Steyning began returning two members of parliament from 1278 and as a rotten borough made up of a depopulated port became similar to Dunwich until the Reform Act 1832.

17th century

In 1614, William Holland, Alderman of Chichester founded and endowed Steyning Grammar School.[8]

19th century

The Steyning Line railway from London to Shoreham arrived in Steyning in 1861 and a station was opened to serve the town, see the black line and station in the map displayed.

Steyning Town Hall, (currently an estate agents) at 38 High Street, was built in 1886.

The legendary Irish politician Charles Stewart Parnell married 'Kitty' O'Shea (niece of Lord Hatherley) here in 1891, the culmination of the affair that saw his fall from power, catastrophically dividing Irish politics.

Besides much agriculture, brewing, a tannery (Tanyard Lane) and to a small extent brickmaking, more than 25 men were employed in the sheep related trade as fellmongers, more than four were parchment makers, five were millers and there was a surgeon, an oil painter, James M. Burfield, and a watch maker in the town during the 1881 census.[9]

The railway remained in service for over a century, closing in 1966 as result of the Beeching Axe. The route of the railway line has since been converted into a footpath and cycleway known as the Downs Link. The nearest railway station to the town today is Shoreham-by-Sea

Modern town

In Steyning there is access to a variety of facilities including four public houses, the award-winning Steyning Tea Rooms, four estate agents and barclays bank. There is a leisure centre, which was built with National Lottery funding. It has a modern health centre, a public library and the Steyning Museum.

A spring fair is held on the Spring bank holiday (the last Monday in May)

The Monarch's Way long-distance footpath skirts the southern end of the town.


The town is home to Steyning Grammar School, now a comprehensive school of 2,500 pupils founded in the Stuart period, see above, with a sixth form comprising over 400 pupils. The school has a catchment area that extends as far as Dial Post and sometimes Worthing. And it also has a primary school (400 pupils) and a pre-school.

Towers Convent School, a Catholic independent day and boarding school, is located in nearby Upper Beeding. It educates girls from pre-prep to age 16 and boys up to age 8.

Steyning Festival

The Steyning Festival was founded in 2006 by Ann Poupard, a resident of the town. The event is now biennial and runs for two weeks at the end of May/start of June. It features theatre, music, literature, talks, walks, community events and more.

In 2009, the Steyning Festival was awarded a lottery grant to bring international artist and psychogeographer Chris Dooks to Steyning for a month-long residency, resulting in a free MP3 tour.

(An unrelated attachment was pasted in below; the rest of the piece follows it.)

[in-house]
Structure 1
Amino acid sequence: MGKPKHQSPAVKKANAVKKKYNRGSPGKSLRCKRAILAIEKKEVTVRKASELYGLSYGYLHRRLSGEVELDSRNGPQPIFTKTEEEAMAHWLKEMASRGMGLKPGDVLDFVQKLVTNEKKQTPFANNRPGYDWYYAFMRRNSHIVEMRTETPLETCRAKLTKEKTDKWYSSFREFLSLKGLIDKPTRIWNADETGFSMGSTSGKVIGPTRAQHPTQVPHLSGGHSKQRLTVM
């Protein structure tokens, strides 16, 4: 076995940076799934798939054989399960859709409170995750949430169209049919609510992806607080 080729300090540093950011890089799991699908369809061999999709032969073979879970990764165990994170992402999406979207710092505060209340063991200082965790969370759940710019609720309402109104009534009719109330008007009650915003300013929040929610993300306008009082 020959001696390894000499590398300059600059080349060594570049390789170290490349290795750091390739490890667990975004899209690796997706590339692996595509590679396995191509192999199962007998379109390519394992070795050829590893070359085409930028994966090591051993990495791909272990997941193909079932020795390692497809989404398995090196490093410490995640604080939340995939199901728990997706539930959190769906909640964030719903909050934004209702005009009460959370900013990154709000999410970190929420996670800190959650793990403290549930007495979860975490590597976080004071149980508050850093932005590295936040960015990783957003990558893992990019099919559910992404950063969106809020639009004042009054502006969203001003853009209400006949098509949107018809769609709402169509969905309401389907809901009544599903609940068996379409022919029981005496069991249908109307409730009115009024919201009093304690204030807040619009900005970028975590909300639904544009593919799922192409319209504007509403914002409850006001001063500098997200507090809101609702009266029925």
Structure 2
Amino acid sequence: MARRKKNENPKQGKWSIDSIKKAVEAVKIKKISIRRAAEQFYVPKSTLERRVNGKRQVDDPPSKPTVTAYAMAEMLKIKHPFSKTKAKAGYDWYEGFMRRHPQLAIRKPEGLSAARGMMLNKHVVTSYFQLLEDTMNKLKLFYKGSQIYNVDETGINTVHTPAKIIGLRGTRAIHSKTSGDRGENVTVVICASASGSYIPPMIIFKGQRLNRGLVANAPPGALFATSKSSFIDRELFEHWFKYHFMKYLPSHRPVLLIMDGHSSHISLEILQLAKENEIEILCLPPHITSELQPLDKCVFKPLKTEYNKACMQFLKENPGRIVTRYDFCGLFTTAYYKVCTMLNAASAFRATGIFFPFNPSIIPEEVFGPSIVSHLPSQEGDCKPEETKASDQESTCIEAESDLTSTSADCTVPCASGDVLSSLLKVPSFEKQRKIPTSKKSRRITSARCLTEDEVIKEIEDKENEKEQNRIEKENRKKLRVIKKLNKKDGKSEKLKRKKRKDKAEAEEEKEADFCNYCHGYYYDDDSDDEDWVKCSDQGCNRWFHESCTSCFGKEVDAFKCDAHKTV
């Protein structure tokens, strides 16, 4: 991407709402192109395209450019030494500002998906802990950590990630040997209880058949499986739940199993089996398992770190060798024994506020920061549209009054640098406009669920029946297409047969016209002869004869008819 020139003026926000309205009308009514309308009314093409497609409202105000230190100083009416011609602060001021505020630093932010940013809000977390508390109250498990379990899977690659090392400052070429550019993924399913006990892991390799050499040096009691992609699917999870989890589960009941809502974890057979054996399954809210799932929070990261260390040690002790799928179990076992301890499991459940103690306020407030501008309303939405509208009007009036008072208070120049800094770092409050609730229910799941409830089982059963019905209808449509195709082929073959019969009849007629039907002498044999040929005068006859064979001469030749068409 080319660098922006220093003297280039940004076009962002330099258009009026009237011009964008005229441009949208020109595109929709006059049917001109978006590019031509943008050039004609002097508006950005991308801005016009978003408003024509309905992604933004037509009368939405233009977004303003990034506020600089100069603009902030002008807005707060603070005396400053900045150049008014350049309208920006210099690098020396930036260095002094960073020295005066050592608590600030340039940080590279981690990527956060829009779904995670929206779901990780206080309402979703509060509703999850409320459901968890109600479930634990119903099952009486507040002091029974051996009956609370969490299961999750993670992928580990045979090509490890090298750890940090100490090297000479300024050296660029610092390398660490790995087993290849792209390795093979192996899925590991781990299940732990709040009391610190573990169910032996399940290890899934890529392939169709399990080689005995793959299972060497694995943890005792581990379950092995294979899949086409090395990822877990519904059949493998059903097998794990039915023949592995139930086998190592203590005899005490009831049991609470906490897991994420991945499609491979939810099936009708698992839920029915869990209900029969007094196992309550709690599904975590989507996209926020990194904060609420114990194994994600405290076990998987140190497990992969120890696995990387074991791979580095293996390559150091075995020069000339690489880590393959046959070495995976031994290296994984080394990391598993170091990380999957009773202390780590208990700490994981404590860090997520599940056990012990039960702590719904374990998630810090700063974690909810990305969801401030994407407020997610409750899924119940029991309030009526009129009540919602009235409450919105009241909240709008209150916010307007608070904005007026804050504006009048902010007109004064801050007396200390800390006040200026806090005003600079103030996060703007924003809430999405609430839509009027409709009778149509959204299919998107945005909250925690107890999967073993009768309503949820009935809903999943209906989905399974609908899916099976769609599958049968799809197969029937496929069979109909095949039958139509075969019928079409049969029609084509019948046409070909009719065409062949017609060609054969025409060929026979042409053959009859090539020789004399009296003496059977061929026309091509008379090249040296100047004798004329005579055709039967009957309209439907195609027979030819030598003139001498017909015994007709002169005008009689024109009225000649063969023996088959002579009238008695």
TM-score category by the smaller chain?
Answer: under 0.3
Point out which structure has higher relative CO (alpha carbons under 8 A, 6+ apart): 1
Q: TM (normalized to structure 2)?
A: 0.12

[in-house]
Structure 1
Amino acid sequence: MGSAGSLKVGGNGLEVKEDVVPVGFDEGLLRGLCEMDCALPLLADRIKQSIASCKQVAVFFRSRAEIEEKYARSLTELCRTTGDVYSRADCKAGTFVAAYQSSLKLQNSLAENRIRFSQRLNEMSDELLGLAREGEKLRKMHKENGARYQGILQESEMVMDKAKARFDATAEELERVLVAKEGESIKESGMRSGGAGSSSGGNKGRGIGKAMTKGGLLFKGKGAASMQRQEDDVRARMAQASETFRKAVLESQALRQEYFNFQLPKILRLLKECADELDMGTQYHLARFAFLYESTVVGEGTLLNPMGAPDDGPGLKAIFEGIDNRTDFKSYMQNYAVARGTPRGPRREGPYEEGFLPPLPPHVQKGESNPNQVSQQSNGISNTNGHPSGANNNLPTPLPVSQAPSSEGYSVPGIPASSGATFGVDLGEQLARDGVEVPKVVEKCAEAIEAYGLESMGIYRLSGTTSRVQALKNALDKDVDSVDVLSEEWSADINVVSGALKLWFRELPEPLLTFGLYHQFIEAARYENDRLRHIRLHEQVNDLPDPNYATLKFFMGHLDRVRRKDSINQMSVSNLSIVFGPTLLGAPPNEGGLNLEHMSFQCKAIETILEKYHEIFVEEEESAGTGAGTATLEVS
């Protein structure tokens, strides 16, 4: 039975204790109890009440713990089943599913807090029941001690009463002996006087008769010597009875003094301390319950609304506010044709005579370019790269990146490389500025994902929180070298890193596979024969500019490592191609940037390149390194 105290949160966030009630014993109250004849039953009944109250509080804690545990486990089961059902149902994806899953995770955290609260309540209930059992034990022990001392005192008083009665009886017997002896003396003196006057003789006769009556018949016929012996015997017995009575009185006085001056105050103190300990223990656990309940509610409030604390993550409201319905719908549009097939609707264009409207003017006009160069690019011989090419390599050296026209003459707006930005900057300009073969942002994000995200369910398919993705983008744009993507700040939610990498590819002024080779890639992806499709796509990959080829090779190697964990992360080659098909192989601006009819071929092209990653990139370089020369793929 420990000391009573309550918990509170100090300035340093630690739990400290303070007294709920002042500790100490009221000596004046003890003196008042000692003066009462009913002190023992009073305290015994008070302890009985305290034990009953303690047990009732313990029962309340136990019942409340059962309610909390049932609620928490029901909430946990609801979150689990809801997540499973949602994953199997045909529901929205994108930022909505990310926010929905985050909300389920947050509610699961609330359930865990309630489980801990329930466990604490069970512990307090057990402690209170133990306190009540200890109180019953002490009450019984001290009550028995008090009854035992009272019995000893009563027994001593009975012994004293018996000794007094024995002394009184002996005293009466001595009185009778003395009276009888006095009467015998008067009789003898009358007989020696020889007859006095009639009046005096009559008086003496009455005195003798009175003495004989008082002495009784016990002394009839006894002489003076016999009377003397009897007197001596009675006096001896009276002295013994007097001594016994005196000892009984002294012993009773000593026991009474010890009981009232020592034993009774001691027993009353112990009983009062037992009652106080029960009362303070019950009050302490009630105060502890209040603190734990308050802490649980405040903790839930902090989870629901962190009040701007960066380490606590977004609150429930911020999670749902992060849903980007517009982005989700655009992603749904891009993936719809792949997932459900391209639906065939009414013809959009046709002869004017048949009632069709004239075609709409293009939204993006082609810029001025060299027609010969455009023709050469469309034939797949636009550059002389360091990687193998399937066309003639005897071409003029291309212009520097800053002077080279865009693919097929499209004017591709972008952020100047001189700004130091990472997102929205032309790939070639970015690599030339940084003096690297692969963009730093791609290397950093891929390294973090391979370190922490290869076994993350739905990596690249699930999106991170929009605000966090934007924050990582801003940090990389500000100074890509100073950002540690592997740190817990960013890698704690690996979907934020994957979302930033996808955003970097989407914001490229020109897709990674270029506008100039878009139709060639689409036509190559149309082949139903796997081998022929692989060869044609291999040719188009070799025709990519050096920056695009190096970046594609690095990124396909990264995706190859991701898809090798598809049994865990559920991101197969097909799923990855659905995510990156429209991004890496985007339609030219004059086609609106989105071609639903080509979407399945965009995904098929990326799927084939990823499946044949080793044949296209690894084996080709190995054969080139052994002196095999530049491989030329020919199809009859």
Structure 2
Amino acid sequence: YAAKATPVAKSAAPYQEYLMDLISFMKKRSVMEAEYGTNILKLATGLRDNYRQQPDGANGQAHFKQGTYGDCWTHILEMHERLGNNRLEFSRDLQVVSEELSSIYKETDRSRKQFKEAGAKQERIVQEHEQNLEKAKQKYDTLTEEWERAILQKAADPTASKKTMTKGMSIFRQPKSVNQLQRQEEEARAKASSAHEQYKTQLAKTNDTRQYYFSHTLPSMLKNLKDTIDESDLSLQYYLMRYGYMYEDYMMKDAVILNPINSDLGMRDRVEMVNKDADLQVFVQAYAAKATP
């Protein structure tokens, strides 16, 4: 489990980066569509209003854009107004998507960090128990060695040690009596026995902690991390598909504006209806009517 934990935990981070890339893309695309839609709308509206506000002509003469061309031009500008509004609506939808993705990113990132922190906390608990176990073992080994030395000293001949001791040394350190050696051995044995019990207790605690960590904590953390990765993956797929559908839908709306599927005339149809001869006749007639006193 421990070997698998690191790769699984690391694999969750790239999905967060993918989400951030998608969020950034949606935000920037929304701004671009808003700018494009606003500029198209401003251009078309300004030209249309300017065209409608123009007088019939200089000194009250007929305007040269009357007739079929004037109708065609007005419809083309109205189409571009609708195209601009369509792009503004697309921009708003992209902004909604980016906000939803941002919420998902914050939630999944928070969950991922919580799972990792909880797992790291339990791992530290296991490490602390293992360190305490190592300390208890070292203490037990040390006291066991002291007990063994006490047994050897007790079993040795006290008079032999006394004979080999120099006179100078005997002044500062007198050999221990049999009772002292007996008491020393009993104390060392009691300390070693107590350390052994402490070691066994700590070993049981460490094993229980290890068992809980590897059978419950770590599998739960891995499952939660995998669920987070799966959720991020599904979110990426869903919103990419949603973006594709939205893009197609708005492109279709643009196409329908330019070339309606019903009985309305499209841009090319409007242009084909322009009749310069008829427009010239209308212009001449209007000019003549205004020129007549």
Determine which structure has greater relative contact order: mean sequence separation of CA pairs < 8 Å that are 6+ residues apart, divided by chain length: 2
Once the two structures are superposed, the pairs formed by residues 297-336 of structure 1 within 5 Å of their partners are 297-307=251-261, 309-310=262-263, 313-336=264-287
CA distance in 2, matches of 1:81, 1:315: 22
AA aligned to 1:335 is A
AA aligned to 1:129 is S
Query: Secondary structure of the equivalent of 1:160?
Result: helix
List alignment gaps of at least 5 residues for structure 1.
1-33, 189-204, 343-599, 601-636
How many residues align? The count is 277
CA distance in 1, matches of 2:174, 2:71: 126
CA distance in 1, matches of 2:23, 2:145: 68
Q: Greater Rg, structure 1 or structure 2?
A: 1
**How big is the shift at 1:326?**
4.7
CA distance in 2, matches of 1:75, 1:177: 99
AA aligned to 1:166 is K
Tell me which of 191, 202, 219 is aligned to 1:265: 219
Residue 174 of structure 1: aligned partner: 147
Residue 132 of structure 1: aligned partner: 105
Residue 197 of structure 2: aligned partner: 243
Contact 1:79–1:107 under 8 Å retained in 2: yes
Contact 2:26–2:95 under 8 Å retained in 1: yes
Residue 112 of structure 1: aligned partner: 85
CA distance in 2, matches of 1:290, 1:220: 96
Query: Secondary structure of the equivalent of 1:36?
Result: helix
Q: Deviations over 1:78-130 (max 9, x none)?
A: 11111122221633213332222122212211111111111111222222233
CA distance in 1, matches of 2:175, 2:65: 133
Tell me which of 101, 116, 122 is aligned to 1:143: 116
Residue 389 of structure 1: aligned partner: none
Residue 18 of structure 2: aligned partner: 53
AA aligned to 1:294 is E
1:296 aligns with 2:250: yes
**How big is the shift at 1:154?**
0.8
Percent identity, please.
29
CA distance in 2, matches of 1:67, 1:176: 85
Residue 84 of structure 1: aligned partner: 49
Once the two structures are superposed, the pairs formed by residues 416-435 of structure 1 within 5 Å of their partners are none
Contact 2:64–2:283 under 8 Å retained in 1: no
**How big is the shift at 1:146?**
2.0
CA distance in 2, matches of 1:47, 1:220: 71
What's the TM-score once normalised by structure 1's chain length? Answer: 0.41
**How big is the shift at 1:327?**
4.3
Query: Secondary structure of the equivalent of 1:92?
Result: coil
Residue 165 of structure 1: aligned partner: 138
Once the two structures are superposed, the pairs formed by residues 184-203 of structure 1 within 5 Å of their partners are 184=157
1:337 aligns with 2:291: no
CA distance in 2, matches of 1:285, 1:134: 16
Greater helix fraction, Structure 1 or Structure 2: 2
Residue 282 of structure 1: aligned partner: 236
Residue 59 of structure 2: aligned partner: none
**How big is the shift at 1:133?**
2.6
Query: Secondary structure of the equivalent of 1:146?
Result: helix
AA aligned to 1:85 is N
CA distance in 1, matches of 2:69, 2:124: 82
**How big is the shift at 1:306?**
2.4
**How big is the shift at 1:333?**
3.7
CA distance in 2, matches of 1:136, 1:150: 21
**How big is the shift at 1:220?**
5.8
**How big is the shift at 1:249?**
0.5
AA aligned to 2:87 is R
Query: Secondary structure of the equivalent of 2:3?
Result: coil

Sport and leisure

There is a long established cricket club near the police station.[10] Steyning has a non-league football club called Steyning Town Community Football Club, who play at the Shooting Field. The town also has its own leisure centre.

Steyning Athletic Club, established in 1951, offers a variety of sports to members - including Running, Swimming, Cycling, Race walking, Circuits/Fitness and Triathlon. Annual Club events include the Roundhill Romp (10k running race that is part of the Sussex Fun Run League) and the Steyning Stinger (Full Marathon and Half Marathon on the South Downs).


Steyning has four pubs (the Star Inn, the Chequer Inn, the White Horse and the Norfolk Arms), as well as a number of restaurants.

Notable residents


  1. Steyning Registration District (UKBMD)
  2. "2001 Census: West Sussex – Population by Parish" (PDF). West Sussex County Council. Archived from the original (PDF) on 8 June 2011. Retrieved 12 April 2009.
  3. "Civil Parish population 2011". Neighbourhood Statistics. Office for National Statistics. Retrieved 3 October 2016.
  4. From: Regesta Regum Anglo-Normannorum 1066–1154 Volume I, edited by H W C Davis (Oxford, 1913)
  5. Regesta Regum Anglo-Normannorum 1066–1154 Volume I, edited by H W C Davis (Oxford, 1913)
  6. The monks claimed the same freedoms and land tenure in Hastings as King Edward had given them at Steyning. Though on a technicality William was bound to uphold all aspects of the status quo before Edward's death, the monks had already been expelled 10 years before that death. King William wanted to hold Hastings for himself for strategic reasons and ignored the problem until 1085, when he confirmed their Steyning claims but swapped the Hastings claim for land in Bury (near Pulborough).
  7. Including a rabbit warren, a park, eighteen burgage plots, a causeway and a channel to fill his moat
  9. 1881 Census from the Church of Jesus Christ of Latter-Day Saints
  10. "County Times". West Sussex County Times. Retrieved 29 September 2015.